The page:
We are still asking: What did you get done on your Bolt today ????
The question, initially posted May 23, 2005, was:
"Whatcha do on your Bolt this weekend?"
After 51,906,997 views, 7378 replies over 185 pages, this thread in General Truck Talk is a happening! And it's not just weekends anymore.
Can't figure out what the ratio is in the 12-bolt on my '65 Suburban. I assume it's the stock one, with stock gears. I've scraped layers and layers of gunk, grime, and dirt off of it, can't find a stamping/code on it anywhere on it. I'm looking on passenger side, top of the axle tube, in between the coil spring and differential. Am I missing something here? My next best bet to jack the whole thing up and count tire rotations to drive shaft rotations? I feel like I'm losing my mind on such a simple task.
It will be on the passenger side, but it may not be on top of the axle tube. Mine was over toward the center, further down on the lower part of the axle tube. You'll find it if you keep looking and scraping.
If I were to slide under the truck, the code would be on the passenger side axle tube and more on the bottom side of that tube...over near the ring & pinion carrier. I've seen them all over the place. Some closer to the wheel and some closer to the pumpkin and rotated any which way. I suspect the axle tubes were stamped and then later installed without a lot of regard to where the code was (and mine looks like it could have been done with a hammer and individual character punch pieces. If you look at the image I attached, it is right in the center of the yellow oval...where the pointer is.
Take off the diff cover. The ratio is stamped on the ring gear. It's the only way to be sure. The gears may be different than the tube code. The tire turn is not accurate. Changing fluid in the diff is not a bad thing. Should be 3.73, as said. 3.73 is the no.1 best all around ratio for acceleration and cruise combo.
Watch out for careful drivers!!! I'm away on an ego trip. Will be back on Feb 30. I'm not an Auto Mechanic, but I play one on TV. I charge $0.02 for every opinion and I take Paypal. Plan B is always better than plan A, by definition. I recommend invoking MIL-T-FP41c when machining and fabricating I used to think beer was bad for me, so I gave up thinking. Sometimes no nonsense makes sense, in a sense. You can't teach a new dog old tricks. Honk if you're Amish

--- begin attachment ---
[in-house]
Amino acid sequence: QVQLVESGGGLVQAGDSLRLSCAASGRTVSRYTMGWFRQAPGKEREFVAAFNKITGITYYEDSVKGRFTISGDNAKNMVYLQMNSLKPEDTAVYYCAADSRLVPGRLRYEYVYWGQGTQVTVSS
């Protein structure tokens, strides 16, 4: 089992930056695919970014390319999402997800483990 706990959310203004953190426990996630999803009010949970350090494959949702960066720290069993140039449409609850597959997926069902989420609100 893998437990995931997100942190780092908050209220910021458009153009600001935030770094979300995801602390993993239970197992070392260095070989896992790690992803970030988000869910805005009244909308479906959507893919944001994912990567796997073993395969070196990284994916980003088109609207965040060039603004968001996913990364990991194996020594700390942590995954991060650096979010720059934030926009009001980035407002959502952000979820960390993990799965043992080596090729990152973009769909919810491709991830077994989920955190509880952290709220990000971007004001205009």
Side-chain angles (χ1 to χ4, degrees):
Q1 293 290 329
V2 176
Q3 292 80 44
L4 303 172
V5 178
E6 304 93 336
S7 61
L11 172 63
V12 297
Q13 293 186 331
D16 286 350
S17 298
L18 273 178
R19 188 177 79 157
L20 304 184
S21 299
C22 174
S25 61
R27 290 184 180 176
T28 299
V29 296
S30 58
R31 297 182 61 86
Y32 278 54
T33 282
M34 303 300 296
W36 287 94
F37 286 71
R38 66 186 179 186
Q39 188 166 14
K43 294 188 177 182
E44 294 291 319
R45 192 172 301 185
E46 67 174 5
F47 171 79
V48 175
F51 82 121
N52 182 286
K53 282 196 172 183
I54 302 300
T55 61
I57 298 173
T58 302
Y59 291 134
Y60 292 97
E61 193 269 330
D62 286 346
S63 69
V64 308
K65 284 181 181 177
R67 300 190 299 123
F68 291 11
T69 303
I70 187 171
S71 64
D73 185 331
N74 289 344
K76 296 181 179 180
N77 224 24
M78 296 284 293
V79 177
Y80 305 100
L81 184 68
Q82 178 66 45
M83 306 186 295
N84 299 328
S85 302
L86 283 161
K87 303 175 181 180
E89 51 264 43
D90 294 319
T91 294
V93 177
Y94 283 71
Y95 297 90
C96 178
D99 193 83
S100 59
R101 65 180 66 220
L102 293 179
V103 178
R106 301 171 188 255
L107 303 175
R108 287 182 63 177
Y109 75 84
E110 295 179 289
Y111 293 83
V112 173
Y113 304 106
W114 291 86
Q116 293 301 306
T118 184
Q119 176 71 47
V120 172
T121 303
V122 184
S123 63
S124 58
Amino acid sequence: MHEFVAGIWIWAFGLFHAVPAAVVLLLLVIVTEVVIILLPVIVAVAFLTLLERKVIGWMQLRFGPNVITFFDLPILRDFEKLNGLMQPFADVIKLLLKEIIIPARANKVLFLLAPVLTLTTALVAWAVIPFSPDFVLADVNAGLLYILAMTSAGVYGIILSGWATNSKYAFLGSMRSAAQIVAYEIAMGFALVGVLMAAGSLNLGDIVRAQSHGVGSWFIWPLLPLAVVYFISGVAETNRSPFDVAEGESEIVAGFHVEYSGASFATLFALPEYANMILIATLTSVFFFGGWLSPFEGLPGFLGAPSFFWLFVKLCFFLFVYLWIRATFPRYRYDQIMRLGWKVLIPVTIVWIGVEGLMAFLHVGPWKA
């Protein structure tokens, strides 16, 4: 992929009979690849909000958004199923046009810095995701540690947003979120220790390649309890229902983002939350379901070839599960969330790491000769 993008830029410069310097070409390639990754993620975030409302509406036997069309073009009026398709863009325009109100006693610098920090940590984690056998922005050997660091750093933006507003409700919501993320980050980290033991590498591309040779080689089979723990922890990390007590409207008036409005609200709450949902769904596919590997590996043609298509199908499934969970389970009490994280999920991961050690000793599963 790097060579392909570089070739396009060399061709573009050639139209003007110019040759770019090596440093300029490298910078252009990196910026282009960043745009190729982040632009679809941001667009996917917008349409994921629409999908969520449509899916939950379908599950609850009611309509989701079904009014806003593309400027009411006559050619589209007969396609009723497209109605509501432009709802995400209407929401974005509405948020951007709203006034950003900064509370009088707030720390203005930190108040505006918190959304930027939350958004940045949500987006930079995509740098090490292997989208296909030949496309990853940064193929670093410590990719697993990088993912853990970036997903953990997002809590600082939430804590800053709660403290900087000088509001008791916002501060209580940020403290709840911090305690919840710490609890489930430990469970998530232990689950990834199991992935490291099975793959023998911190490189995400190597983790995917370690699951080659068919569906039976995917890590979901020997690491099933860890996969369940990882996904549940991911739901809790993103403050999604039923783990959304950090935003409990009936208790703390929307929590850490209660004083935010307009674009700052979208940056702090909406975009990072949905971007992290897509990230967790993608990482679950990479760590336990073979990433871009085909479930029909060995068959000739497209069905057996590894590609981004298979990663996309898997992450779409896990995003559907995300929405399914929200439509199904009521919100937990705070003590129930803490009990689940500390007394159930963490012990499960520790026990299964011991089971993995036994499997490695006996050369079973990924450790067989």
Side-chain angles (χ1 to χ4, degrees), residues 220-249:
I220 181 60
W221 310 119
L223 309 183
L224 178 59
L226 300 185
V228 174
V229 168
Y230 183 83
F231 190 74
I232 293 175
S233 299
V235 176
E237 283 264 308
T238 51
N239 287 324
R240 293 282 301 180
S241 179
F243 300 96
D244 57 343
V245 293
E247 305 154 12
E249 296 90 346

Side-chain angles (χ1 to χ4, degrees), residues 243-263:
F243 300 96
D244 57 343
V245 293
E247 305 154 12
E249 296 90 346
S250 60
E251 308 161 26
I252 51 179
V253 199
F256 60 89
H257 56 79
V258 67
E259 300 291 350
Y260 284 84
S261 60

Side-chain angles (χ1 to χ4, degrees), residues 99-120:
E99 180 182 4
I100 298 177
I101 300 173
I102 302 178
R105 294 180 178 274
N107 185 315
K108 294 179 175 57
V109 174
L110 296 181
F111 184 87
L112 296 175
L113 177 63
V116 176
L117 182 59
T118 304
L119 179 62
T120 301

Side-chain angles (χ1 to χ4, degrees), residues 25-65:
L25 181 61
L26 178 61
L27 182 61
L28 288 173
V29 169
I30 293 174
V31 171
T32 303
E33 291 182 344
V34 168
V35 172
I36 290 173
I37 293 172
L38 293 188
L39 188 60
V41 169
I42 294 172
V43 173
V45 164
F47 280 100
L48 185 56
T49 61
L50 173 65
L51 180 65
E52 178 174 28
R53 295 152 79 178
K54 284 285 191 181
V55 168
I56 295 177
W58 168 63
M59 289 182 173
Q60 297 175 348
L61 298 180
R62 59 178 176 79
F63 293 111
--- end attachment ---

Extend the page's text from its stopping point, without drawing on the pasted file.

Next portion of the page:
One thing you might keep in mind also is that in most rear ends there were what were called carrier breaks. That means one height of carrier would accept lower gear ratio ring/pinion and another height carrier would accept higher ratios. In the 12 bolt as I recall the break was 3.42 and down and 3.73 and up. So if you have a 4.11 rear and decide you really want a 3.07 or 3.08 rear, it may not work. Although...there are some thicker and thinner gears available which will allow you to swap without having to replace the carrier and from what I've seen those work just fine. I've also seen some folks try using washers as spacers, but I never thought that was a good idea.
Mark one of the rear tires with tape near the outside touching the ground. Mark the driveshaft with a 1' strip of tape running along the shaft near the rear U joint where you can see it while lying on the ground. Have a helper drive the truck forward exactly 1 revolution of the marked tire while counting revolutions of the driveshaft.
If the driveshaft turned just a little over 3 turns the ratio is 3.08:1. If the driveshaft turned just under 3.5 turns the ratio is 3.42:1. If the driveshaft turned 3 3/4 turns the ratio is 3.73:1. If the driveshaft turned just a little over 4 turns the ratio is 4.11:1. If the driveshaft turned just over 4.5 turns the ratio is 4.56:1.
We seldom use a GM rear end anymore but the last one I used was a 10 bolt and the gear vendors offered different thickness ring gears to avoid having to do a carrier swap at about 3.73??. I went from a 2.7 to a 4.10 and used the same carrier. Check with Gear Venders or Yukon if one is considering a gear change. We use a tach and a strobe light to get an exact read on a ratio.
I do what Bill Hanlon said but I turn the wheel 10 full revolutions. Ten revolutions will increase accuracy and allow you to tell the difference between 3.73 and 3.90 without guessing. Here’s a video I made showing the process. https://youtu.be/t4tGqJ0LZRs